AMSTERDAM – Dutch pension fund ABP, one of the world’s largest, will divest 15 billion euros ($17.5 billion) of investments in fossil fuel producers by 2023, it said on Tuesday, citing concern over global warming.
The decision ahead of next week’s COP26 United Nations climate conference marks a major turnaround for the civil servants’ fund, which has 528 billion euros in assets under management.
As recently as June ABP had said that exiting fossil fuel investments was “not the solution” to global warming, despite pressure from environmental activists and a growing number of the fund’s own participants.
After the planned sale, which represents 3% of the fund’s total assets, ABP intends to increase investment in renewable energy where possible, Chairman Corien Wortmann said in a statement.
Asked about the turnaround, Wortmann told national broadcaster NOS it had been prompted by rising concerns about climate change and the most recent UN climate report.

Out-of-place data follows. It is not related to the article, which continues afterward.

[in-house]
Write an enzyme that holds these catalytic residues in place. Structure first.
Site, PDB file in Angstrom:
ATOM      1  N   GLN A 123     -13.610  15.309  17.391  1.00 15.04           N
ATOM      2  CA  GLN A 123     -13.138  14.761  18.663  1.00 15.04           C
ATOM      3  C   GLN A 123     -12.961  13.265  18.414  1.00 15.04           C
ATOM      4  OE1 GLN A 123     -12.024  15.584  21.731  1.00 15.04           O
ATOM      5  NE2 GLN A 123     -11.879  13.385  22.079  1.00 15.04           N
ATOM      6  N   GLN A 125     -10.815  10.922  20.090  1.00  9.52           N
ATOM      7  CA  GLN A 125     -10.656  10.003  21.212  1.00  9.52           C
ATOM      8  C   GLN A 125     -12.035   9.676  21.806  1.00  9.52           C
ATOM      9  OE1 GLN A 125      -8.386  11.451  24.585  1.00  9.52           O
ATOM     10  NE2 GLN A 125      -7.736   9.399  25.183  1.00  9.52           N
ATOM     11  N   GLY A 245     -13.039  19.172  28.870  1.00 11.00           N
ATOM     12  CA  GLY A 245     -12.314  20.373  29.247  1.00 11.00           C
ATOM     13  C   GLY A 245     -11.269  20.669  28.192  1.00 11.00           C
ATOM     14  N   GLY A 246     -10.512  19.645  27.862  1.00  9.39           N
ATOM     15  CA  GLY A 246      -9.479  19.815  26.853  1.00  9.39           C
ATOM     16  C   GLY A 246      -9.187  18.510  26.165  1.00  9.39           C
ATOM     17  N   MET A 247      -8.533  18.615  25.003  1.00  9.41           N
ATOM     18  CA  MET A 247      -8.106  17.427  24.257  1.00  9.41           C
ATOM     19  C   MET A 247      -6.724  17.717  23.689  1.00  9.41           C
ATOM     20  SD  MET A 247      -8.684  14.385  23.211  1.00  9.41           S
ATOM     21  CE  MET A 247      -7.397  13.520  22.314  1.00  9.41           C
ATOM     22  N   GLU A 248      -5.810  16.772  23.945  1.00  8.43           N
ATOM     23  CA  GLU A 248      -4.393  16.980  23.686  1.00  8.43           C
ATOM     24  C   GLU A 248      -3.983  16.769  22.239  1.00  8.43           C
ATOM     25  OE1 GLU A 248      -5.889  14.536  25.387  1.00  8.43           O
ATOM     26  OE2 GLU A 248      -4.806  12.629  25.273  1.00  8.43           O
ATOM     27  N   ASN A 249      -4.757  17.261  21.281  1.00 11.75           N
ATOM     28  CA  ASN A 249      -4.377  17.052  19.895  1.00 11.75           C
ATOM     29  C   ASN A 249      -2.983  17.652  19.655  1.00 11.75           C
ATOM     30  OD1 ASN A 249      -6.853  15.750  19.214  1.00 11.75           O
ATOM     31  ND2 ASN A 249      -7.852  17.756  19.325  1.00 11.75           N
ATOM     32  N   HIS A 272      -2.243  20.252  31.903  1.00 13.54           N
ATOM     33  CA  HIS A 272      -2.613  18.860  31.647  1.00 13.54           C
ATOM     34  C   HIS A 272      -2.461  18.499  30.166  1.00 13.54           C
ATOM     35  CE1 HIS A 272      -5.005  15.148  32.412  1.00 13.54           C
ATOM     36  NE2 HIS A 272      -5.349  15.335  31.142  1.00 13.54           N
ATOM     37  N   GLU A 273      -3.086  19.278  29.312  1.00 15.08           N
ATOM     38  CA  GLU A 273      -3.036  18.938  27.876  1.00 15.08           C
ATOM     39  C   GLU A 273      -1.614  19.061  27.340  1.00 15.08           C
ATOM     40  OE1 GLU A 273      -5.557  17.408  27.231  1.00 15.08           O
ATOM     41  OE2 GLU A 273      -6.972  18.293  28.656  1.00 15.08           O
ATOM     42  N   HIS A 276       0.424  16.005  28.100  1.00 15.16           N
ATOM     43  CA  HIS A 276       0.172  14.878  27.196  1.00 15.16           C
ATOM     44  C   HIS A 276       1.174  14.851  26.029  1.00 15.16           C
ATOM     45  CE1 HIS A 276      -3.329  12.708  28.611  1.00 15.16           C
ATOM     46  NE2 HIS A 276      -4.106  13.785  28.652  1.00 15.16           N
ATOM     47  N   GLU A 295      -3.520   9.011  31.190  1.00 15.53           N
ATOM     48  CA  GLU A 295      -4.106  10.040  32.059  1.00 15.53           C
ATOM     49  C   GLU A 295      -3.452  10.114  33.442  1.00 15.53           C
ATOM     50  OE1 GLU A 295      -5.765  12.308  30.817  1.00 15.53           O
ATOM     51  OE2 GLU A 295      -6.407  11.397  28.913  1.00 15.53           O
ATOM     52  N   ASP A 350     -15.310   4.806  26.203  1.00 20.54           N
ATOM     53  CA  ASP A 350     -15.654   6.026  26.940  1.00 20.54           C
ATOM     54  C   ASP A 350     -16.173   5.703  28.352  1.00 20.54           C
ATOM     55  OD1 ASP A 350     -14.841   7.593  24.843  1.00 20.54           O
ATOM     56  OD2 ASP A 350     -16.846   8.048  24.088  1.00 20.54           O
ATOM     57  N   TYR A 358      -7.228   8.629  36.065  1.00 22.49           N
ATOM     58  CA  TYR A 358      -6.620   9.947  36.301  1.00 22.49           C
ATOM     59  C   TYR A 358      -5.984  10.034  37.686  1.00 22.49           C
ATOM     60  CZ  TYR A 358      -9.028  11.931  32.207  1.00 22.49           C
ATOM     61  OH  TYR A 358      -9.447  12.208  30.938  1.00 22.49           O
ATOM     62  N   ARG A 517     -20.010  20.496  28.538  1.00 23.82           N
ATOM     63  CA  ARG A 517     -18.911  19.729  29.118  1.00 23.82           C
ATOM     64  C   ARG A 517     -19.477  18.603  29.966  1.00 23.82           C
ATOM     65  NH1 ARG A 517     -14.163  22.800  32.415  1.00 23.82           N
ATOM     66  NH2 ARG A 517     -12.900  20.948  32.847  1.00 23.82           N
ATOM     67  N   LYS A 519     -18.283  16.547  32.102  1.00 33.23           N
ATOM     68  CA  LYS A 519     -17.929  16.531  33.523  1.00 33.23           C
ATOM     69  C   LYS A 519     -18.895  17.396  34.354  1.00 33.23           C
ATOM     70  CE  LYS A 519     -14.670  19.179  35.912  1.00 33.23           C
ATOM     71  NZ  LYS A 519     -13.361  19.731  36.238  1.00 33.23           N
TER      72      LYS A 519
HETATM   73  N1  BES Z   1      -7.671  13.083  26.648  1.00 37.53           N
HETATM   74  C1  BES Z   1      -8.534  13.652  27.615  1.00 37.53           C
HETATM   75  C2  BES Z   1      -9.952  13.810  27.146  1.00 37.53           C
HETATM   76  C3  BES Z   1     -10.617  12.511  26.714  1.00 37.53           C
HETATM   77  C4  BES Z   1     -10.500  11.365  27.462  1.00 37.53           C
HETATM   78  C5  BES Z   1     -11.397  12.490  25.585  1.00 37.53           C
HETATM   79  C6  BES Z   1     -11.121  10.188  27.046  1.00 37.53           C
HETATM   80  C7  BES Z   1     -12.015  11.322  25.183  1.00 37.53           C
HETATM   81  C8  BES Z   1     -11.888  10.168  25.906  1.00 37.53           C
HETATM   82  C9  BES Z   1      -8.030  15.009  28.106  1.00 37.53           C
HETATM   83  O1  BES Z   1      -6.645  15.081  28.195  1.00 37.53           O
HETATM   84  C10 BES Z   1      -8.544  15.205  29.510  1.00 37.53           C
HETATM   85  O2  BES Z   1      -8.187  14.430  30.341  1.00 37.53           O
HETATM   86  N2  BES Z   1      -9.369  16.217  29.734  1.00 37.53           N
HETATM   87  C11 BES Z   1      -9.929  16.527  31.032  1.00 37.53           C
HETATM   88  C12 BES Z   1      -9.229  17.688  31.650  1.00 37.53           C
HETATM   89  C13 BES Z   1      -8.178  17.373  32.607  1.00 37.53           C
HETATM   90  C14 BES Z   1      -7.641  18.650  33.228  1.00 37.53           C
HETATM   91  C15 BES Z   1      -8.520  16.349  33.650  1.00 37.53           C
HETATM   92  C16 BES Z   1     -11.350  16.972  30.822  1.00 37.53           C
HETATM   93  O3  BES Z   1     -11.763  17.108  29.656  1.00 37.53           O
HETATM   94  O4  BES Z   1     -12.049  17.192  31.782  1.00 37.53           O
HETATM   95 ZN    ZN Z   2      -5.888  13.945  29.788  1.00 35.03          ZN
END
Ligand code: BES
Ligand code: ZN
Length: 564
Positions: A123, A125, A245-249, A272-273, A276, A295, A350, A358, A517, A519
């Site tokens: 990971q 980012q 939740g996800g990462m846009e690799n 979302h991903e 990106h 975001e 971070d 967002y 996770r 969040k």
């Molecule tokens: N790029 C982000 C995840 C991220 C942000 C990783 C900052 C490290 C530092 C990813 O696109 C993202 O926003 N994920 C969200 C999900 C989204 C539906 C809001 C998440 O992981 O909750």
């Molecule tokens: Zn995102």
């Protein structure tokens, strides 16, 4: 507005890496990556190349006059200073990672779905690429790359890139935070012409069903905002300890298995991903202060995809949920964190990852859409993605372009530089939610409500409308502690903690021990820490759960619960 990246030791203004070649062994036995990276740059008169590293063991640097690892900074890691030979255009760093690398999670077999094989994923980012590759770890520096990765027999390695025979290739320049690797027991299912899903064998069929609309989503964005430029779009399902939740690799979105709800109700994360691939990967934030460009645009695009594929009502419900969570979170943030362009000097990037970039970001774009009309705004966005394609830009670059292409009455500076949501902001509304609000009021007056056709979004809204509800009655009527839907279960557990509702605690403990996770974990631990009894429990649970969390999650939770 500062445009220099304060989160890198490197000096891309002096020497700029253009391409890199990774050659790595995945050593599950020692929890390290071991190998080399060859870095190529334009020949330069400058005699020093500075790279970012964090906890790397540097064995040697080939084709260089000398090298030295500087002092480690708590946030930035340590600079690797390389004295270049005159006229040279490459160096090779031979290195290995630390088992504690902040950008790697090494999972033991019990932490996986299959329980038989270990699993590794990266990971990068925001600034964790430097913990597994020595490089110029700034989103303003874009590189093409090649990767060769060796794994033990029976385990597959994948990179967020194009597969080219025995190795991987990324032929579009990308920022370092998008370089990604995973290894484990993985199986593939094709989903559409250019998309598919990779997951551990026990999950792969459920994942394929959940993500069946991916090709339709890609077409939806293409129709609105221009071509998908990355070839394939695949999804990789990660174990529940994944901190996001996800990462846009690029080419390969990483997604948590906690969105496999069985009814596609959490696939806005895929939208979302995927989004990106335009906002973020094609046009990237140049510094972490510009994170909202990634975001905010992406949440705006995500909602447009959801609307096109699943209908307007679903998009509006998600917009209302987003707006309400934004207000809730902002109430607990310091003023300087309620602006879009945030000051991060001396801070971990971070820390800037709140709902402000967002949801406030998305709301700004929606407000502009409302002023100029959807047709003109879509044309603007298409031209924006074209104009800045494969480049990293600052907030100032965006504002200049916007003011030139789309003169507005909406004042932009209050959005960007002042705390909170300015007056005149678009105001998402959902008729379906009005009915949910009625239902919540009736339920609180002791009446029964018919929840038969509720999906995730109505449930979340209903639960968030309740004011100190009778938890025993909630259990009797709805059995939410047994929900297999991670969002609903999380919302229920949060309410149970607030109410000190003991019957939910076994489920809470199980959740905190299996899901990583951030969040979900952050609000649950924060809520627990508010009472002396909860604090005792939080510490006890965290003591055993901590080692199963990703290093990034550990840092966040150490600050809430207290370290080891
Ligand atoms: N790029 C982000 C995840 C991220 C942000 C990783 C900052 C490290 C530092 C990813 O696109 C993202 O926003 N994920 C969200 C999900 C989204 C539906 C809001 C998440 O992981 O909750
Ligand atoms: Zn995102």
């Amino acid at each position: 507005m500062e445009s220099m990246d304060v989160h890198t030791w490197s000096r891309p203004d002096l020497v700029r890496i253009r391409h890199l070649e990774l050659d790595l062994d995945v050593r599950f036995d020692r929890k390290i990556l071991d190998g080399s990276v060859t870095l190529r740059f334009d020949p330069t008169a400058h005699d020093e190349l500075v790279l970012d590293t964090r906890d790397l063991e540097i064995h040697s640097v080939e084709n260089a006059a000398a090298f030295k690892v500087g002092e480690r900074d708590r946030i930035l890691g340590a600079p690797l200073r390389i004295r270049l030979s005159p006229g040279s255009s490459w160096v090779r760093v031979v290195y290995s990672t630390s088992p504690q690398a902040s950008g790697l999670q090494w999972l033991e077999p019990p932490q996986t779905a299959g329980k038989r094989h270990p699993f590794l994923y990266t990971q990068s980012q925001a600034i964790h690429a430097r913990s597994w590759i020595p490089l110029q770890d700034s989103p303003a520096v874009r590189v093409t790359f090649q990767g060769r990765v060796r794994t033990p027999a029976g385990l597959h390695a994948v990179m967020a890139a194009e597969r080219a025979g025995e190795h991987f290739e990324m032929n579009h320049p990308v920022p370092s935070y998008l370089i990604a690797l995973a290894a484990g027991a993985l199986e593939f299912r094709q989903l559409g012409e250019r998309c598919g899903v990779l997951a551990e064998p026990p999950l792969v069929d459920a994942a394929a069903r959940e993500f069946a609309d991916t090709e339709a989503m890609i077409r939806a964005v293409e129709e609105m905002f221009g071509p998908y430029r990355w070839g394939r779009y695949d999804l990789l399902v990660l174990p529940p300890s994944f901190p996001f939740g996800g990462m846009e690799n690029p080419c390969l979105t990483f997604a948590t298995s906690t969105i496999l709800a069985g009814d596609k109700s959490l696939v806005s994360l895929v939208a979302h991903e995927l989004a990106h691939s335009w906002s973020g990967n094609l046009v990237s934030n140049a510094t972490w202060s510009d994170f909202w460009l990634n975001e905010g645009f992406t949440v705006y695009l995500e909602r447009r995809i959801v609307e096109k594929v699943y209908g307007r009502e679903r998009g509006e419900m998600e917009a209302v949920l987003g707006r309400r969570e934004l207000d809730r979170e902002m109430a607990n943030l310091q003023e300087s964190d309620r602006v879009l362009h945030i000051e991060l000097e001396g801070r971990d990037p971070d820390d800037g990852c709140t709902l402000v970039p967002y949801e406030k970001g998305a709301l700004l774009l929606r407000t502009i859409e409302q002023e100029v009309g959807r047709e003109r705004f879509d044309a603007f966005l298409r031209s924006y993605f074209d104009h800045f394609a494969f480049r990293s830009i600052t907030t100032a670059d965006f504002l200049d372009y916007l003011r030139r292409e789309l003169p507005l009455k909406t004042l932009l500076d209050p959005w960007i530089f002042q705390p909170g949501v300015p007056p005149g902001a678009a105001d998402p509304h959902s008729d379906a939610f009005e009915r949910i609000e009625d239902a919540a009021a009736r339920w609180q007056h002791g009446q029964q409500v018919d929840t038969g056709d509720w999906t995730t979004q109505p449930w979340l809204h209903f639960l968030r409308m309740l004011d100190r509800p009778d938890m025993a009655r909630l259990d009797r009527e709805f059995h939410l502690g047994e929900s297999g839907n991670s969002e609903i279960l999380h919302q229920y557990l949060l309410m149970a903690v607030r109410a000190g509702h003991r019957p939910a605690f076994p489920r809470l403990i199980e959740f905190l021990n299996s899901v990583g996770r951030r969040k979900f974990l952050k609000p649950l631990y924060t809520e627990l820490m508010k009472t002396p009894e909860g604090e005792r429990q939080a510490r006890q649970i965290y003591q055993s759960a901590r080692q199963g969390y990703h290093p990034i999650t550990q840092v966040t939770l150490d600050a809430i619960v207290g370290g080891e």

“The earth is projected to heat up by 1.5 degrees already within seven years. That means a radical chance is needed and that is partly the reason why we are now announcing this chance of course,” Wortmann said.
The Dutch move came as asset managers Fidelity International and BlackRock also announced a tighter focus on emissions ahead of the COP26 talks in Scotland.
Announcing Tuesday’s decision, Wortmann cited concerns of fund participants and their employers.
“The ABP Board sees the need and urgency for a change of course,” she said. “We (are parting) with our investments in fossil fuel producers because we see insufficient opportunity for us as a shareholder to push for the necessary significant acceleration of the energy transition at these companies.”
She said that in the future the fund would focus on engagement with large consumers of fossil fuel such as electricity companies and the automobile and aviation industries.
“Using our influence as a shareholder, ABP will encourage companies that use fossil fuels to become more sustainable.”
The fund said it did not expect the decision to affect its long-term returns.
($1 = 0.8593 euros)